One of the most gratifying parts of school design is knowing your work will contribute to improving education. But what if the design process itself could be an educational experience? Two recent Fanning Howey projects demonstrate how involving students before, during and after a design project can serve as a valuable learning opportunity and result in a more successful final design.
At Batesville High School, Fanning Howey recently worked with underclassmen on a new student commons area for the high school that would serve as a gathering space, connection between levels and new main entry. The commons was envisioned as a place where students could eat lunch, but also get together before and after school for study and collaboration. The multilevel space includes a gathering stair, concession area at the bottom and a learning commons at the top with monitors where students can connect their laptops or mobile devices to share work for collaboration.
A committee of freshmen and sophomores was selected by the principal to give design input, as these students would be using the new facility for years to come. We relied on the student committee to learn how they would be using the space and how it could be improved to better suit their needs. As a result, many of the choices made during the design process reflect their input. For example, the students indicated stains and crumbs were a concern on the risers and stair treads because people would be eating there, so they didn’t want carpeting. This led us to put in a resilient tile floor that’s both durable and washable. The committee was also consulted on details like colors, fabrics, furniture selection and layout. They preferred moveable booths with no partitions, and high-top seating to look over the whole commons during meetups. This was all reflected in our loose equipment package and bidding documents.
We worked collaboratively with the students for an entire year, from conception to the opening of the commons in January. I’ve gone back recently and it’s inspiring to see so many students using the space on a daily basis, knowing they contributed to the concept. The students got to experience how a real-life architectural design process works from the ground up, and in the end, we arrived at a stronger design solution as a result of our partnership.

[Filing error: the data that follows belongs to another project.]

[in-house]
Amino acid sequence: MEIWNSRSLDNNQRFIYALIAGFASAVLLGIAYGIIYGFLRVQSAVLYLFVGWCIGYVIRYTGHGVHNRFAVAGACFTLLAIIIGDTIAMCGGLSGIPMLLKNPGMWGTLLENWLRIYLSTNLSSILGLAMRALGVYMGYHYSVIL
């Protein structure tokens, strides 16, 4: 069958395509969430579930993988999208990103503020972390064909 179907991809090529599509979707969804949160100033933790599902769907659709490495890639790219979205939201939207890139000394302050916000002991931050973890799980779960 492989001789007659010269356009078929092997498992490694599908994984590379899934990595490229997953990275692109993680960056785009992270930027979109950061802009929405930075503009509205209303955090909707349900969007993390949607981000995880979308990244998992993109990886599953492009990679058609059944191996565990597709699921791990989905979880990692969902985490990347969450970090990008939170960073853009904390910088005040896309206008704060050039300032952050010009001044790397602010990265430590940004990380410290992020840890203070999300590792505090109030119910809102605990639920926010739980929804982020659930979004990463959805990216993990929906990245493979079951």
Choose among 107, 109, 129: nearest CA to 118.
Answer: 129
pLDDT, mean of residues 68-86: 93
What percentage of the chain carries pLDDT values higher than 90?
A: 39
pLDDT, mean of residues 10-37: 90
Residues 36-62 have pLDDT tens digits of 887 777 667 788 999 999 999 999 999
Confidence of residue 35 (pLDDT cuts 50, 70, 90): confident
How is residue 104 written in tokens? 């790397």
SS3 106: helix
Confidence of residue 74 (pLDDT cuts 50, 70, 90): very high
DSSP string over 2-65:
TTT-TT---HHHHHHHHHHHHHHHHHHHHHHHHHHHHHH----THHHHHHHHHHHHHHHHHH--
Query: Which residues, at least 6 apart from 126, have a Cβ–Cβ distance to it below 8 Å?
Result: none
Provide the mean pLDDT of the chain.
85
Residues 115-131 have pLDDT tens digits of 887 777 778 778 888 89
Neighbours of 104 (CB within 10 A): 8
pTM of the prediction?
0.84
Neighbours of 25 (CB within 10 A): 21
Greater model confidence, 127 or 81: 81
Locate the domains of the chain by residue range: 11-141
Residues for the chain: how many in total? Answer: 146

Using a project to springboard lessons
Even when it’s not possible to have students involved in the design process beforehand, projects still hold the potential for hands-on learning. At Penn-Harris-Madison High School in Mishawaka, Ind., construction is underway on a new stadium building with locker rooms, expected to open this fall. With 13,000 square feet of space, it holds a lot of room for creativity to flourish. We partnered with Josiah Parker, the school’s architecture teacher, to work with his architecture students on developing their own designs for the new stadium as a class project. Using the same visualization technology we employ during the design and presentation process, we were able to walk the students through a virtual model of the building to see how their own creations could be implemented.
The architecture students made presentations of their designs, and we evaluated their work. The ability to present your ideas to a client and obtain feedback is an often overlooked part of an architect’s skillset, and it gave these students a head start on bringing their designs to life.
Inspiring the next generation
Involving students in the design process is rewarding and, with Batesville as proof, can even lead to a more successful final product. No matter how many school projects I’m a part of, there is always something to be learned from each district’s unique student body, and it is inspiring to show them how their own ideas can become reality. As architects (especially school architects), we have a responsibility to help teach and inspire the next generation, while learning a thing or two ourselves in the process.
Incorporating STEM or STEAM activities in your curriculum allows students the opportunity to problem solve collaboratively and think creatively. Utilizing the spaces in your school to meet 21st century learning standards does not have toFull Article